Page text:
Serum-Free Cell Culture: Why Should you Remove Serum from your Media?

04 Oct 2022

Cell culture uses a variety of products to help the cells grow, including medium, serum, reagents, and supplements. The controlled development or multiplication of cells acquired from plant or animal sources in an artificial medium is known as cell culture. 

Cell culture is an essential component of biotechnology and is employed in a wide range of commercial and academic applications. Cell culture research is used in a variety of fields, including genetics, cell therapy, and regenerative medicine. 

The cell culture medium is probably the most critical aspect of cell culture, and many media recipes or commercial media preparations are the results of years of refinement. 

Cell culture models mimic physiological conditions and growth factors. Cells need vitamins and other nutrients to grow and proliferate. 

What is the importance of serum in media?

Media contains vitamins, sugars, and buffering agents to maintain the health of the cells. One of the common additives for cell culture media is the serum which is commonly called fetal bovine serum (FBS). 

The serum is one of the main ingredients in cell culture media because it contains hormones, lipids, and growth factors which are essential for cell proliferation and growth. A huge difference is noticeable if the serum is removed from the culture medium. 

To induce cell cycle synchronization, deliberate serum-starvation is used in which the culture of serum is starved for too a long time. Serum-free cell culture also leads to reduced cell survival and increased apoptosis. 

The global serum-free media market is progressing rapidly with a significant increase in research and development activities pertaining to a wide range of animal component-free products for disease detection, accentuating their criticality in healthcare.

According to the BIS Research report, the global serum-free media market was valued at $1.02 billion in 2021 and is expected to reach $3.92 billion by 2032, registering a CAGR of 12.73% during the forecast period 2022-2032. 

Role of Serum-Free Media

Serum-free media ensures the safe and effective application for improved cell culture and cell therapy-based methods and has a critical role in the cellular diagnostics approach. 

Several clinical organizations and biopharmaceutical companies are working collaboratively on molecular biology applications, cell biology, cancer research, metagenomics, and plant research using serum-free media as a therapeutic means for applications in several disease indications in order to enable efficient diagnosis, treatment selection, dosage selection, and treatment monitoring.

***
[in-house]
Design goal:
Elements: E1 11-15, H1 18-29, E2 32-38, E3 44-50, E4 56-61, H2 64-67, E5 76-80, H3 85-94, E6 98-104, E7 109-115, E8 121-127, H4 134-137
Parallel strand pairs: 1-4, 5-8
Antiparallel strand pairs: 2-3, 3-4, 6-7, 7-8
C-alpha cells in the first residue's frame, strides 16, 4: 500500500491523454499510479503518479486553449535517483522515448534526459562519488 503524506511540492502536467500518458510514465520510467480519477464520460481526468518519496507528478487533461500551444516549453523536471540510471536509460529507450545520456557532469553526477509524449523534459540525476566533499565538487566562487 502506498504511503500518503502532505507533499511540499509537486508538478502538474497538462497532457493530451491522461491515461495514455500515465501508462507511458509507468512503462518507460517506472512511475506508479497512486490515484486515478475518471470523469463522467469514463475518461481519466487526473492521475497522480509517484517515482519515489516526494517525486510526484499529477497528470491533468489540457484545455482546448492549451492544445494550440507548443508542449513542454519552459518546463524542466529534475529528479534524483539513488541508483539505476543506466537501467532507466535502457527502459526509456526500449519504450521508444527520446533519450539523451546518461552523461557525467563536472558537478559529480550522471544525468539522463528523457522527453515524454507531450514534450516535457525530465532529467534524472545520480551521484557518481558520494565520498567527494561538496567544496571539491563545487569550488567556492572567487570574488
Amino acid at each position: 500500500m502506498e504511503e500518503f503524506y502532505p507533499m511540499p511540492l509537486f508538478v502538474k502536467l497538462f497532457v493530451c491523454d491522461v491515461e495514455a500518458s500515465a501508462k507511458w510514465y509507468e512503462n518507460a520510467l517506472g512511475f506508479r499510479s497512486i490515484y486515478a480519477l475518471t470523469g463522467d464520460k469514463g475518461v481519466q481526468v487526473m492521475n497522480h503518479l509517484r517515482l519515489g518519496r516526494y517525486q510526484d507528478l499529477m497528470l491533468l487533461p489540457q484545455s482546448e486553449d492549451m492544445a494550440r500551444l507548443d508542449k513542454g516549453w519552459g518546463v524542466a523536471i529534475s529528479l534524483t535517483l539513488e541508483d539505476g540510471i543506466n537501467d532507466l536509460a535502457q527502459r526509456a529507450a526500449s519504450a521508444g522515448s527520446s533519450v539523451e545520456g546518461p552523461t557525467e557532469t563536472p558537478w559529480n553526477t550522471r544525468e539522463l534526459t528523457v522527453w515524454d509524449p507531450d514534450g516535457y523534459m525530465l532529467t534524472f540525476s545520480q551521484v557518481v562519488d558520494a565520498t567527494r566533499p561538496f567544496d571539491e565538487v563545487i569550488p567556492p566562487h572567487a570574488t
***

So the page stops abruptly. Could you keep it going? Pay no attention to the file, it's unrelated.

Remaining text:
The growth in the global serum-free media market is expected to be driven by factors such as the low risk of contamination in the media, rising awareness of media-based diagnostic testing, and the significant number of funding for executing research and development. 

The selection of an adequate growth medium for in vitro cultivation is the most significant and important phase in cell culture.

Several techniques are employed in the development of serum-free media for the process of removing cells, tissues, or organs from an animal or plant and putting them into a setting that will help them survive and/or proliferate. 

Why consider serum-free media?

Every healthy aspect of serum is followed by its downsides, such as: 

High variability: Serum belongs to the category of animal-derived natural products. While the serum is important for the health of the cells, it also contains immune complement proteins that are harmful to the cells. Increasing the standardization of cell culture conditions for more consistent results is one of the biggest reasons for going serum-free. 

Source of contamination: One of the other issues with serum is viral or bacterial contamination. When contaminated serum is added to cell culture, it affects the health and growth of the cells and makes them unusable for experiments. 


The global serum-free media market has evolved to be an integrative aspect of healthcare procedures by providing most diagnostic laboratory tests equipped with diagnosing infectious diseases, oncology, and genetics. 

The massively parallel methods that have now transcended media-based cellular diagnostics further allow the sequencing of entire genomes at very low costs and are expected to grow further in the coming years due to the continuous increase in prognostic assessments for a wide range of diseases. 


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